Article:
CSS – Float, Clear and Overflow

Wednesday, March 12th, 2014
By Daniel Miller

Every website you’ll visit will feature at least one, probably all of the tags: float, clear and overflow. These three tags make our lives as developers that much easier. Why? Because all three can solve common layout tasks and problems; sometimes with just one line of code. For that reason it’s important to know when they can be utilised to save the developer writing excess code and so to build websites that work predictably on all browsers and devices.

Float in particular is widely used on all sites and is a key component in many layouts. It is also widely used on responsive sites and is supported by all browsers.

Real World Scenarios

Q: I have a logo, a login modal and some other containers that I want in the header. How do I position the logo left and the other containers on the right but all on the same row?

A: using float, we can add ‘float: left’ to our image, then ‘float: right’ to our other containers, making sure that the one that needs to be the farthest to the right is comes before the others in the HTML.

In our example below, the image container is floated left, and the other containers floated right:

Q: I have an image that is floated left. The the text copy is flowing around the image but I want it to start below the image?

A: All elements on a web page have a ‘display’ attribute, regardless of whether you specify it or not. Common attributes are: block, inline and inline-block. Each defines how the element will ‘flow’ in the document – a block level element will sit on its own row with subsequent items below, and inline elements will sit on the same line – perhaps alongside other inline elements. Images and anchor links by default are inline elements whereas paragraphs <p> and list elements <li> are block level elements.

Float is another display type of sorts (as are absolute and relative), in that it will take the object out of the block and inline ‘flow’, and will place it hard right or left against the block level item that contains it. Because we’ve taken the object out of the flow of the document, other items will wrap around it, or will even stack on top of the other element – regardless of whether they’re block level elements.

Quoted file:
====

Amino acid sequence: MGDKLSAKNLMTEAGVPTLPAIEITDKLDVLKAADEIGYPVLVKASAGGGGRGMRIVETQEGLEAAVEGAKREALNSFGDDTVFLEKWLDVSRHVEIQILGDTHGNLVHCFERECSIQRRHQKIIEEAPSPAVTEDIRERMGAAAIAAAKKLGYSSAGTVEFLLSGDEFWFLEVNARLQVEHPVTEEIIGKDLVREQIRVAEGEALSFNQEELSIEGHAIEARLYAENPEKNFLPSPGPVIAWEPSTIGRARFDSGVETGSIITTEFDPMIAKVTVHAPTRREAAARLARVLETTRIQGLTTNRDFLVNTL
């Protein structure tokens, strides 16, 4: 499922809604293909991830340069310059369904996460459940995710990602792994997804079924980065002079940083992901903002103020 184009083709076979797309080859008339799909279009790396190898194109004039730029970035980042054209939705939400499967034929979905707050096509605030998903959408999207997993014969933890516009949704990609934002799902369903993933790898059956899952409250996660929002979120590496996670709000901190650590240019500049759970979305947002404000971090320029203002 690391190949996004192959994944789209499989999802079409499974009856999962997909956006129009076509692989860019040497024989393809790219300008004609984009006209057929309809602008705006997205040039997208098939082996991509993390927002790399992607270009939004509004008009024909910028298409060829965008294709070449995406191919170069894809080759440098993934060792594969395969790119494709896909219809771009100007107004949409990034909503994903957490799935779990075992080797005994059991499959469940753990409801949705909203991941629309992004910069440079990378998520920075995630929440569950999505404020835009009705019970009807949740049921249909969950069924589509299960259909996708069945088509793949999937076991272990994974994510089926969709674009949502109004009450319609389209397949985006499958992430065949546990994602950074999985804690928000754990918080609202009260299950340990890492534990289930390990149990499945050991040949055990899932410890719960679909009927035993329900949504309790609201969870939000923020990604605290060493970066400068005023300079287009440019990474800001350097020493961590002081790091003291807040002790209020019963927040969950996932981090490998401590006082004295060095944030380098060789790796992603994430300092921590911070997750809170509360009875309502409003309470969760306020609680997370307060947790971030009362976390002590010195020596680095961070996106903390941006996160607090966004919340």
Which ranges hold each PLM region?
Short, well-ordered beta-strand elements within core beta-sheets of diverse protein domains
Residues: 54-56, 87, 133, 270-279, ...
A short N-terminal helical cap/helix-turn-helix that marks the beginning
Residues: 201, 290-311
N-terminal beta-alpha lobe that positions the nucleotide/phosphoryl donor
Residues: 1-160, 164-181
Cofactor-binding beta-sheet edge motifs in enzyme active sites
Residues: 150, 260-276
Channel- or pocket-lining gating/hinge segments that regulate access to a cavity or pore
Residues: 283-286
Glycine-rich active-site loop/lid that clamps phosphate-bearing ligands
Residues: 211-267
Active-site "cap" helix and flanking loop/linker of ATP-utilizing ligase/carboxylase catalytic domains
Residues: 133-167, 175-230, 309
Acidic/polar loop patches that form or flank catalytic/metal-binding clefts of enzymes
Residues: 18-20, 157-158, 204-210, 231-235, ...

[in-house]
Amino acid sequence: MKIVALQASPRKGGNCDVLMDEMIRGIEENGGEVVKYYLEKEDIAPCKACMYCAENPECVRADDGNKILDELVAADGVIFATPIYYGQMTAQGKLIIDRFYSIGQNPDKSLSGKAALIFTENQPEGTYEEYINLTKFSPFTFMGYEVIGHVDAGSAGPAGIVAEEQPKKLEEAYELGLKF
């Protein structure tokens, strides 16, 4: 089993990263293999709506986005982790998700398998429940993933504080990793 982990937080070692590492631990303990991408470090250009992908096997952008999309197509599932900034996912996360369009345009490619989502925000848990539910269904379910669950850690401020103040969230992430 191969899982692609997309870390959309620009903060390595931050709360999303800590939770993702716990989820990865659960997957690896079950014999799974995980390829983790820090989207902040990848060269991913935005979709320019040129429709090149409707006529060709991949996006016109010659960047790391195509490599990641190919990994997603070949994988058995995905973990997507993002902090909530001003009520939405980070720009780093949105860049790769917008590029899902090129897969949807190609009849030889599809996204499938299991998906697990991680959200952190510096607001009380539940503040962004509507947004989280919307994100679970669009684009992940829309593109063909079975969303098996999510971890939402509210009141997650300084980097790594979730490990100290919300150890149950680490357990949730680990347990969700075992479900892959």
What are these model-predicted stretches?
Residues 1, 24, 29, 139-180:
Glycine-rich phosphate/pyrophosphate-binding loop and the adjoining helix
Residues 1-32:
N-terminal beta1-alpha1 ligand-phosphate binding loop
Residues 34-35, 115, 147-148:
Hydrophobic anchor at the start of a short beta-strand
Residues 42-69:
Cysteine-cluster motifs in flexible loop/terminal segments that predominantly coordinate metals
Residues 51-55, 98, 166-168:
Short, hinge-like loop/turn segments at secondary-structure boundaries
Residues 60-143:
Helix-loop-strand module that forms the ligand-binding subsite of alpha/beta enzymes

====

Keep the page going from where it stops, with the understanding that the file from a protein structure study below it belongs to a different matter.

So when you float an element and take it out of the document flow, other elements, unless they’re floated and are too wide, will wrap around the element:

Note our paragraph wants to wrap around the logo. Sure, we could add some <br> elements or perhaps some margin to push the paragraph down, but what if our logo dimensions change? The last thing we want is an unsightly gap that varies between pages with different size logos.

The solution is to use the ‘clear’ tag, which allows you to clear an element of any floated elements.

Above we have used ‘clear: both’ to clear our text of the floated logo. N.B: You could just use ‘clear: left’ if you wanted to be more precise.

A curious case…

A common problem with floated elements is a ‘collapsing’ of the container element. This is because float takes the element out of the document flow making block level elements ‘ignore’ its presence. You could set the height of the container but this can be risky – what if the container’s content is dynamic and you only want to render the container to the height of its contents?

Below: our border has ‘collapsed’ because the two form columns are floated left:

Solution: by adding ‘overflow: hidden’ to our form element or our container, the browser seems to be able to get a handle on the form’s height and render the border appropriately:

Q: I have some content boxes that contain images uploaded by users. The containing element has a height and width setting, but I cannot guarantee the orientation or size of the photos the user will upload. I want to make sure all the boxes display uniformly and the images look crisp.

A: You could resize the image in the HTML and CSS, but some images with different dimensions and orientations might not scale well to your hard coded dimensions. In using percentages and overflow, we can scale proportionally and clip the image to fit in the container. Here’s how:

Assuming you have set the widths of your overall container elements, the first thing to do is create a container for your images with a width and a height based on the size you wish them to be – in our example below we used 100% width and a height of 164px. We then access the image class to set the width of the image to 100%.  By doing this we handle the resizing of the image over to the browser to render it at 100% of the width of our image container and not worry about the resultant height.

This is where the overflow tag comes in – by adding it to your image container, you can clip the amount of the image that goes beyond its height, i.e. hide the overflow.

Before clipping – boxes 1, 2, and 4 all size beyond our image container:

After, with overflow hidden applied, our boxes all displayed uniformly:

There are considerations to be made: just because you can clip the images doesn’t mean you should upload and request huge images from the server. If you do it’s likely they’ll be zoomed to such an extent that the image will no longer be legible. Worse still, your users might get frustrated with the load time if you run a graphically intensive site.

Overflow really comes into its own where you cannot guarantee the orientation and dimension of your images.